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Beveridge was entered a member of St. John's College, Cambridge, in May 1653, then under the government of the well-known Dr. Anthony Tuckney; and it is remarkable, considering the works by which they were distinguished in after life, that the compiler and author of the “ Pandectæ Canonum" and of the “ Codex Canonum Ecclesiæ Primitivæ Vindicatus," and the author of the “Historia Literaria,” should have been entered within a very few days of each other members of the same College, where, no doubt, was laid the foundation of that sound learning, perhaps, of those very works themselves for which they are so eminent. There is apparently, no trace discoverable of
any peculiar intimacy existing between them, but there is a coincidence in the lives and pursuits and writings of Bishop Beveridge and Dr. Cave which, in the absence of any very remarkable incident in the history of either of them separately, it may be interesting to mention here.
Both were born within a year, in the same county, and, though not in the immediate neighbourhood of each other, yet at a distance of not many miles-Beveridge, at Barrowupon-Soar near Loughborough, and Cave at Pickwell, near Melton Mowbray, in the county of Leicester. They were school-fellows at Oakham school, in Rutlandshire, where Cave is described as having received his education, and where, though Beveridge spent only two years, yet those were probably the two years immediately preceding his removal to the University. Both were sons of the incumbents of the above-named parishes, and had relatives who, in the violence of the times, were suspended from their livings.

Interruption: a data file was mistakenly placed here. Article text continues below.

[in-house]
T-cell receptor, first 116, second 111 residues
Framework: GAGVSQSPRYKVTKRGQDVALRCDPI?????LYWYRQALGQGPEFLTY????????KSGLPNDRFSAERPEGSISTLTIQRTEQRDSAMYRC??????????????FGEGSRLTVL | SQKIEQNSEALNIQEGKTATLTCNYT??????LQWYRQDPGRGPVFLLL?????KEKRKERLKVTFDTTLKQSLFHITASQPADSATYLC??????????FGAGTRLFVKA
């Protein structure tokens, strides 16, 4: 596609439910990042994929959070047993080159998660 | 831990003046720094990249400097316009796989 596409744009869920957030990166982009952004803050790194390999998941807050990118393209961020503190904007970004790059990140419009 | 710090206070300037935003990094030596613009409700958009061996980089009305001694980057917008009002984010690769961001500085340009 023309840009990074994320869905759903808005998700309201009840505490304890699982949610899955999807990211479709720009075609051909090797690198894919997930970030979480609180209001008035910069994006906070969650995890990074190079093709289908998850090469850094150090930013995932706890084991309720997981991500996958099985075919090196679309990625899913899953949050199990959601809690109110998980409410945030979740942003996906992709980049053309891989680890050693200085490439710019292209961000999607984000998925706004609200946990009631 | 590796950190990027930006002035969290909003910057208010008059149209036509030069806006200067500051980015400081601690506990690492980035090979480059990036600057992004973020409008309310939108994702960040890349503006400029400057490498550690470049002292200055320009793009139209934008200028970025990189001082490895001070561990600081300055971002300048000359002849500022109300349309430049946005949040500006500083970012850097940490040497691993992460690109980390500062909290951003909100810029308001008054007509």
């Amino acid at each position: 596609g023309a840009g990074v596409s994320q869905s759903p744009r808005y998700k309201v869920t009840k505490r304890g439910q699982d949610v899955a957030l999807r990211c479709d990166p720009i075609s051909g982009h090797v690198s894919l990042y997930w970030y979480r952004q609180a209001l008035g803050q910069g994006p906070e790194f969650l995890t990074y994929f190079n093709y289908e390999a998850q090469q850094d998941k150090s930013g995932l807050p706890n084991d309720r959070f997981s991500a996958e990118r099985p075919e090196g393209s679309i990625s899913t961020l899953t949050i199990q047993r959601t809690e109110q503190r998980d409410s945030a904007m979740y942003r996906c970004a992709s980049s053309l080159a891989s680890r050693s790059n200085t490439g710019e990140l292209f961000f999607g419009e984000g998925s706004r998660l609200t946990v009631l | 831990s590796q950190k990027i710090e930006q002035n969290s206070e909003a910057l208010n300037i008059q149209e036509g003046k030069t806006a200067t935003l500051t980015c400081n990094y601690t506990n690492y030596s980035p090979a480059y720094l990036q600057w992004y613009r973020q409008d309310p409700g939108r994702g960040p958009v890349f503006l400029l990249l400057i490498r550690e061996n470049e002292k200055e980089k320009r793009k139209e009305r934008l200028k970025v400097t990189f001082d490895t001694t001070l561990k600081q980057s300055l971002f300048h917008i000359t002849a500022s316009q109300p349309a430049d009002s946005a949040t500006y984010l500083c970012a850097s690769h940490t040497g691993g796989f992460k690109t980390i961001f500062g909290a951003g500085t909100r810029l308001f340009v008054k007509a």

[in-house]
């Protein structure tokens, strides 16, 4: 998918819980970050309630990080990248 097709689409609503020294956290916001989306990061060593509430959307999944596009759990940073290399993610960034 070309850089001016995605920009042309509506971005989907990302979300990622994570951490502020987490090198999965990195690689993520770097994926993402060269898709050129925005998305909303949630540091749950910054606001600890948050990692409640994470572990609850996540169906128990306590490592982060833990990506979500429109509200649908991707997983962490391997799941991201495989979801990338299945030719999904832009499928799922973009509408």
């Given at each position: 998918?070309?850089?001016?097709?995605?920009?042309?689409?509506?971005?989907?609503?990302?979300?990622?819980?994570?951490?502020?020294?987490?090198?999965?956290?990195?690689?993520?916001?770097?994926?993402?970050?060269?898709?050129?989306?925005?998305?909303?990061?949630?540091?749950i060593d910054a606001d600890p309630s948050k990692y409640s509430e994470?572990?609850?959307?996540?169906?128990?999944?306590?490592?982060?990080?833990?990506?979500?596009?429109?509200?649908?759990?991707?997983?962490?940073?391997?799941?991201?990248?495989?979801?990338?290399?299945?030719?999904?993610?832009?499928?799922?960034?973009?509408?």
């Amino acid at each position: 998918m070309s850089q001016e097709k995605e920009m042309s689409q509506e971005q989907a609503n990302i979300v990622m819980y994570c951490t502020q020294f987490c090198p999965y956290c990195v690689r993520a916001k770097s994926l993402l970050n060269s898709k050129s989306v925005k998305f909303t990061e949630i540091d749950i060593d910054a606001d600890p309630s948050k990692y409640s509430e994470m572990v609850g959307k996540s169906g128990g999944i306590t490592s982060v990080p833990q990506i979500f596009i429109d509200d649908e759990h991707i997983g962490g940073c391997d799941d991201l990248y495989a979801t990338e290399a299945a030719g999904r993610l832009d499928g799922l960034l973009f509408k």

Both were admitted, as we have seen, members of the same College, within a few days of each other, Cave on the 9th, and Beveridge on the 14th day of May, 1653; and as neither was ordained till after the Restoration, they were employed, doubtless, during much of the period of trial which intervened, on the subject to which the temper and tumult of the times providentially directed so many others - the primitive records and history of the Church, its original constitution, government, discipline, and worship. Both were afterwards settled as parish priests in the same diocese; Beveridge, as vicar of Ealing, to which he was presented in 1661; and Cave, as vicar of Islington, to which he was admitted in 1662. Subsequently they held benefices in the same neighbourhood, in the City of London; Beveridge, that of St. Peter's, Cornhill, which he held from 1672 till raised to the see of St. Asaph in 1704; and Cave, that of Allhallows the Great, in Thames Street, which he held from 1679 till 1691, when he resigned it for the living of Isleworth. Beveridge died Bishop of St. Asaph in 1708 ; Cave, Canon of Windsor, in 1713.
Beveridge's attention seems, in the first instance, to have been directed to Oriental learning and Chronology; his first publication being a “Treatise on the Excellency and Uses of the Oriental Tongues and a Syriac Grammar," in 1658, and his second, “ Institutiones Chronologicæ,” published in 1669. But the two great works by which he is best known are, his “ Euvoồixov, sive Pandectæ Canonum SS. Apostolorum et Conciliorum, necnon Canonicarum SS. Patrum Epistolarum cum Scholiis,” printed at the Theatre,